Indian Olympic firsts which helped shape the future

In 2004, Rajyavardhan Singh Rathore won India's first Olympic shooting medal. Exactly 12 years later, Sakshi Malik became the first Indian woman wrestler to make the podium.

They have been pioneers in their chosen fields; athletes who have shown great will and determination in pressure situations.

For India, Rajyavardhan Singh Rathore and Sakshi Malik are not only two Olympic medal-winning athletes but also trailblazers for future generations to look up to.

As the two Indian sporting icons celebrate the anniversaries of their big day on the Olympic stage (August 17), we look back at the two moments which went on to define not just their careers but also reshape a nation’s outlook to sports.

The carnival

The expectation in India was palpable ahead of Rio 2016.

The nation boasted its biggest ever contingent for an Olympics with the shooters - a group that had bagged medals in the previous three Games - in top form.

But, as the Games unfolded, the hype and excitement soon made way for nervous energy and disappointment as the wait for a medal kept growing.

The Indian hockey team was once again a victim of an old foe - late goals - at Rio 2016
The Indian hockey team was once again a victim of an old foe - late goals - at Rio 2016The Indian hockey team was once again a victim of an old foe - late goals - at Rio 2016

Talk about pressure

The shooters had failed to impress, while the men’s hockey team was once again a victim of its old foe - late goals. It was amid this backdrop that Sakshi Malik came to the mat.

As well as the expectations that come with performing at the Olympics, Malik had to see her compatriot Vinesh Phogat stretchered off during her bout.

Malik had no answers to Valeria Koblova in the quarter-finals. But with the Russian making the final, the Indian grappler went through to the repechage with a chance of a medal.

Sakshi MALIK (IND) df. Aisuluu TYNYBEKOVA (KGZ), 8-5

Sakshi MALIK (IND) df. Aisuluu TYNYBEKOVA (KGZ), 8-5

Mongolia’s Orkhon Purvedorj was swept aside by the Rohtak-born wrestler 12-3.

Then came Kyrgyzstan’s Aisuluu Tynybekova in the bronze or nothing match.

It looked very much like being nothing for Malik as Tynybekova's superior technical expertise saw her lead 5-0 at the end of the first round.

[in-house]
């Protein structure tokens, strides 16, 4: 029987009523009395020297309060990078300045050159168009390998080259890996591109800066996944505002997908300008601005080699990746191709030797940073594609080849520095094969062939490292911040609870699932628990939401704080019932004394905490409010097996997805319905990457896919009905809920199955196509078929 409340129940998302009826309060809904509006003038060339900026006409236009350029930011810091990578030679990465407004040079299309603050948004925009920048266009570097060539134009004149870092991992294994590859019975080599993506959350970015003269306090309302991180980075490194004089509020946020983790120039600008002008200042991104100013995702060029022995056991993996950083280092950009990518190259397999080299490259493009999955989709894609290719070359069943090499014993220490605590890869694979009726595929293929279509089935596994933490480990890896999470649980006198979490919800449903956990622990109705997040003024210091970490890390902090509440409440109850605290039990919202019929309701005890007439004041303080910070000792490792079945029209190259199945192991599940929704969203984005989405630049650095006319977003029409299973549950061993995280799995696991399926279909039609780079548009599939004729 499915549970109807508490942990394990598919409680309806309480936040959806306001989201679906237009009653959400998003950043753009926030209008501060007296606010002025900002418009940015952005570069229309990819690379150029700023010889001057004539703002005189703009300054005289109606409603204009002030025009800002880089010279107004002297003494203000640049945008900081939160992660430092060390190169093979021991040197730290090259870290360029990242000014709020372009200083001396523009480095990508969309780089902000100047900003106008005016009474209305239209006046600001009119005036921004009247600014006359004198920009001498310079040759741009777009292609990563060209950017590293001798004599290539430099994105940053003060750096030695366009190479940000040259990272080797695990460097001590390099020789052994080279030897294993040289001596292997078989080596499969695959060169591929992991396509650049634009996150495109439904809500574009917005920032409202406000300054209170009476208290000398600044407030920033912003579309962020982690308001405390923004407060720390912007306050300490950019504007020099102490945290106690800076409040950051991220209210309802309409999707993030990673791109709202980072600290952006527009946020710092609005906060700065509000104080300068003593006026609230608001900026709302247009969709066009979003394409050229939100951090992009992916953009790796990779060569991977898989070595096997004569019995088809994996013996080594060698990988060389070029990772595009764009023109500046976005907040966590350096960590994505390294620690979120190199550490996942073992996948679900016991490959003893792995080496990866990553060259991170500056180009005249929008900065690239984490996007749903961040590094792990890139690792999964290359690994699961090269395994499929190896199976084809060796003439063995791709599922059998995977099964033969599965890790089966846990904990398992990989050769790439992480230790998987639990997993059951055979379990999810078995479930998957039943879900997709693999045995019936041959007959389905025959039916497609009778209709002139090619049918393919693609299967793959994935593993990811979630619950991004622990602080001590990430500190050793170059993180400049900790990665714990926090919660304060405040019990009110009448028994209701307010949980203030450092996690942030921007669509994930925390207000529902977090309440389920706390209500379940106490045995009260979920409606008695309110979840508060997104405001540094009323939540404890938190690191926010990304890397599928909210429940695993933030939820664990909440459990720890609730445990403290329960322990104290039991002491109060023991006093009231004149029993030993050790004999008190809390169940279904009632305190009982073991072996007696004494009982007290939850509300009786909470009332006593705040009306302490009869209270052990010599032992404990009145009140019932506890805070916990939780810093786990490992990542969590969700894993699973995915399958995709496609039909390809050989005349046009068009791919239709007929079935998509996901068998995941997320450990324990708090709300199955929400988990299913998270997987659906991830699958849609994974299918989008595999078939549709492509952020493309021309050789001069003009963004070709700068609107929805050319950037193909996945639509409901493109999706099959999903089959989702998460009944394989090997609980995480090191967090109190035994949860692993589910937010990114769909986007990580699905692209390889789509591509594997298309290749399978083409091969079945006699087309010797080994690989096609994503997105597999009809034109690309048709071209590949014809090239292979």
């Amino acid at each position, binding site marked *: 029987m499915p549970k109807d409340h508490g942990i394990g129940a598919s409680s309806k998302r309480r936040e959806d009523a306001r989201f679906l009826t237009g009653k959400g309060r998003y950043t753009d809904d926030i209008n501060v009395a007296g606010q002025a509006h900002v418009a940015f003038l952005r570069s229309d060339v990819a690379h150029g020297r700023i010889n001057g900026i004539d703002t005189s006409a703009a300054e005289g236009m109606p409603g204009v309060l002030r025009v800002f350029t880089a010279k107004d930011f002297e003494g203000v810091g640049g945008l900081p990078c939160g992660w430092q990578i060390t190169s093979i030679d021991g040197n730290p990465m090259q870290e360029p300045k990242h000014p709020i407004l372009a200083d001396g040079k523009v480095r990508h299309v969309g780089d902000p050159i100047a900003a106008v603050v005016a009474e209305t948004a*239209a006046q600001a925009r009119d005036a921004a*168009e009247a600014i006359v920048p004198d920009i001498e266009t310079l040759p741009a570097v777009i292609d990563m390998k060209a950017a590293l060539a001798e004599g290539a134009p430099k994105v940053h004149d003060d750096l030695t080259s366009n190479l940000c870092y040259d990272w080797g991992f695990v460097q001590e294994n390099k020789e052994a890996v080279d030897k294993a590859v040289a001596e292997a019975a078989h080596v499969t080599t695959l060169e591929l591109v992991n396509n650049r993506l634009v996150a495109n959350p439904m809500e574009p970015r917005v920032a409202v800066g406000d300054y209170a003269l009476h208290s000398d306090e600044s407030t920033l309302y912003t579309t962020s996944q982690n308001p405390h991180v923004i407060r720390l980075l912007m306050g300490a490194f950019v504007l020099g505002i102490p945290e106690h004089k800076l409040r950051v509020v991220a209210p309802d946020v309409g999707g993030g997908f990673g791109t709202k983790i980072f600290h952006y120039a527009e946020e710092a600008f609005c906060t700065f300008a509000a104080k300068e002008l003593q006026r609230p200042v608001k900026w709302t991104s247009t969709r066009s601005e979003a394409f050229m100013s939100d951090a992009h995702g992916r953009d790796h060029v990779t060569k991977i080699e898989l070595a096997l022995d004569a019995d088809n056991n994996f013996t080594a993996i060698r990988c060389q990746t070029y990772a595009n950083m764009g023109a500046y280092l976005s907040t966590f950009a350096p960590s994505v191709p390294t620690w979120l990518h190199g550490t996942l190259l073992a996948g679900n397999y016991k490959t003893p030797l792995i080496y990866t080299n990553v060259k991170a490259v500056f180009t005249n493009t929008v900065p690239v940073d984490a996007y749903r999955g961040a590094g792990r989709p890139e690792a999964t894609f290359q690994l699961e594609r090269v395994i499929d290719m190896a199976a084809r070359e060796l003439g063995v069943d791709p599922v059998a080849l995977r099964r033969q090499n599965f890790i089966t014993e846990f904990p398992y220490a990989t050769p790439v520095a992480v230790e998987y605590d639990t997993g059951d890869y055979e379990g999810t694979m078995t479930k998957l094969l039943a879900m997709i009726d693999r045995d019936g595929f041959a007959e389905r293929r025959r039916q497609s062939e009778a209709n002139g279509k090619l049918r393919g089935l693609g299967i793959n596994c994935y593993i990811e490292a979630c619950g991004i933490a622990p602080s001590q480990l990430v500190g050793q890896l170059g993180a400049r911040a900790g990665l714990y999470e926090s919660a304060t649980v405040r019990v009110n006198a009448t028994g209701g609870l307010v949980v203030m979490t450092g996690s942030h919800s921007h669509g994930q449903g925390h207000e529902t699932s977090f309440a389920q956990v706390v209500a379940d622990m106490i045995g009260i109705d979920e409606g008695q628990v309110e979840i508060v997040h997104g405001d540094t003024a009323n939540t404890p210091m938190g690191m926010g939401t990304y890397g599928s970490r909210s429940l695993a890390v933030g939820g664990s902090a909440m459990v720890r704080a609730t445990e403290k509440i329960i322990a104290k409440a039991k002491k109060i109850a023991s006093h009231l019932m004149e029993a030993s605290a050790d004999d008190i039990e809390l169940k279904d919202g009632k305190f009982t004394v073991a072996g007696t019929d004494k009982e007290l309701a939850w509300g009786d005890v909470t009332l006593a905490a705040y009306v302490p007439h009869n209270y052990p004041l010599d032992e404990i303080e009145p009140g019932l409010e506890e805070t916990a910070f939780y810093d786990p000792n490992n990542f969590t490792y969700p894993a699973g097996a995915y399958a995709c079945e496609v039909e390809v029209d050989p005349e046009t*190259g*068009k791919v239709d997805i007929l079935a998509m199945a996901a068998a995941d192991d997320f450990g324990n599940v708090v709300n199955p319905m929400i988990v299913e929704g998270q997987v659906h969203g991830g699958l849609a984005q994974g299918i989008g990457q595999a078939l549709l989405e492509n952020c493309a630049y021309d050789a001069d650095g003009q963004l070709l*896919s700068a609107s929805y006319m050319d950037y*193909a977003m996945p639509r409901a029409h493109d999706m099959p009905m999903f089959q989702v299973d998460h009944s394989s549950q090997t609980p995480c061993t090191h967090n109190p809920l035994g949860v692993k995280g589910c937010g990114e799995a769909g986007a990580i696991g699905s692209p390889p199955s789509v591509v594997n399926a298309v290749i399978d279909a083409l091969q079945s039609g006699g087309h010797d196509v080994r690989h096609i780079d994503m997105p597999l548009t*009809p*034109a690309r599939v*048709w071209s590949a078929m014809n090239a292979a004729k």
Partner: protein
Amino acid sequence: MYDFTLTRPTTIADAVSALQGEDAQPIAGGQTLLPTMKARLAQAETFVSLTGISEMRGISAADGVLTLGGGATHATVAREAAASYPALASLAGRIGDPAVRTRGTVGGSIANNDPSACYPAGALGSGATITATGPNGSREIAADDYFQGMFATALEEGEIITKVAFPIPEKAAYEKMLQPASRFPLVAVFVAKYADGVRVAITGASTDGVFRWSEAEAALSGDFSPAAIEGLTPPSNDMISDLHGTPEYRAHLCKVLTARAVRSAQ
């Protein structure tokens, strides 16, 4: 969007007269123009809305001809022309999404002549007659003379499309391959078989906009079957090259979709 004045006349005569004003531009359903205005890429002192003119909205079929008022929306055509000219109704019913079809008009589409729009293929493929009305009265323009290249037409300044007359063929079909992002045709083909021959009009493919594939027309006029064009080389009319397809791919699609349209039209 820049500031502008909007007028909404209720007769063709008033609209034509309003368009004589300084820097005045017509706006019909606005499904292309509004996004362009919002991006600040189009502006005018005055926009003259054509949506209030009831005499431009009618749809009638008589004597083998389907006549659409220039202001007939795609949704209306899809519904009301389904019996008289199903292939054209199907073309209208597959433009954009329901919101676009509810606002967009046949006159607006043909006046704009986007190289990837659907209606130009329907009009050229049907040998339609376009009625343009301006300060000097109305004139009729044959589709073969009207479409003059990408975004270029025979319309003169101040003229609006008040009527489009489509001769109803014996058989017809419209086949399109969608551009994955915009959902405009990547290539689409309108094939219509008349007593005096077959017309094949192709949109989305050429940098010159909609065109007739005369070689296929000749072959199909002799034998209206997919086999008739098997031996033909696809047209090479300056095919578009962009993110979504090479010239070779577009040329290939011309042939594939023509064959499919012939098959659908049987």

Malik's defence-first approach fell flat as she was penalised for being too defensive before her opponent registered two takedowns.

Down, but not out

But just when all looked lost, Malik produced one of the finest comebacks of her career to clinch India’s first medal at the Rio Games.

Knowing nothing less than takedowns and points would suffice, Malik went for Tynybekova’s leg and almost hoisted her.

She then took her down and turned her around to draw level on points, before surging into the lead with a freak move just seconds before the end of the contest.

And just like that, when everyone thought the mat too would disappoint, a relatively unknown wrestler rose from the shadows of her much-celebrated compatriots to win India its first medal in women’s wrestling.

Shot at glory

While Malik enjoyed her moment under the Rio sun, let’s rewind to 2004 when Rajyavardhan Singh Rathore brought glory to the nation at the birthplace of the modern Olympics - Athens, Greece.

Having finishing fifth in qualification to make the double trap final, the Indian delivered when it mattered to bring down the clays and put himself on course for a medal.

Rathore missed four targets in the elimination round in windy conditions at the Markópoulo Olympic Shooting Centre, but he had enough in reserve to stay in contention.

Rajyavardhan Singh Rathore became independent India's first-ever individual Olympic silver medallist at Athens 2004
Rajyavardhan Singh Rathore became independent India's first-ever individual Olympic silver medallist at Athens 2004Rajyavardhan Singh Rathore became independent India's first-ever individual Olympic silver medallist at Athens 2004

Down to the wire

With Ahmed Al Maktoum all but assured of UAE's first Olympic gold, the silver medal came down to a fight between Rathore and China's Wang Cheng.

In the end, Rathore was left needing to make both of his final two shots to take silver.

For a man who looked nervous during qualification, the then 34-year-old gave the appearance of calmness personified as he destroyed both targets before punching the air in celebration.

He said afterwards, "I may have appeared calm inside, but I was dying a thousand deaths out there."

The win saw Rathore not only become independent India’s first-ever Olympic silver medallist in an individual event, but also kick-started a trend which saw Indian shooting ascend to greater heights.

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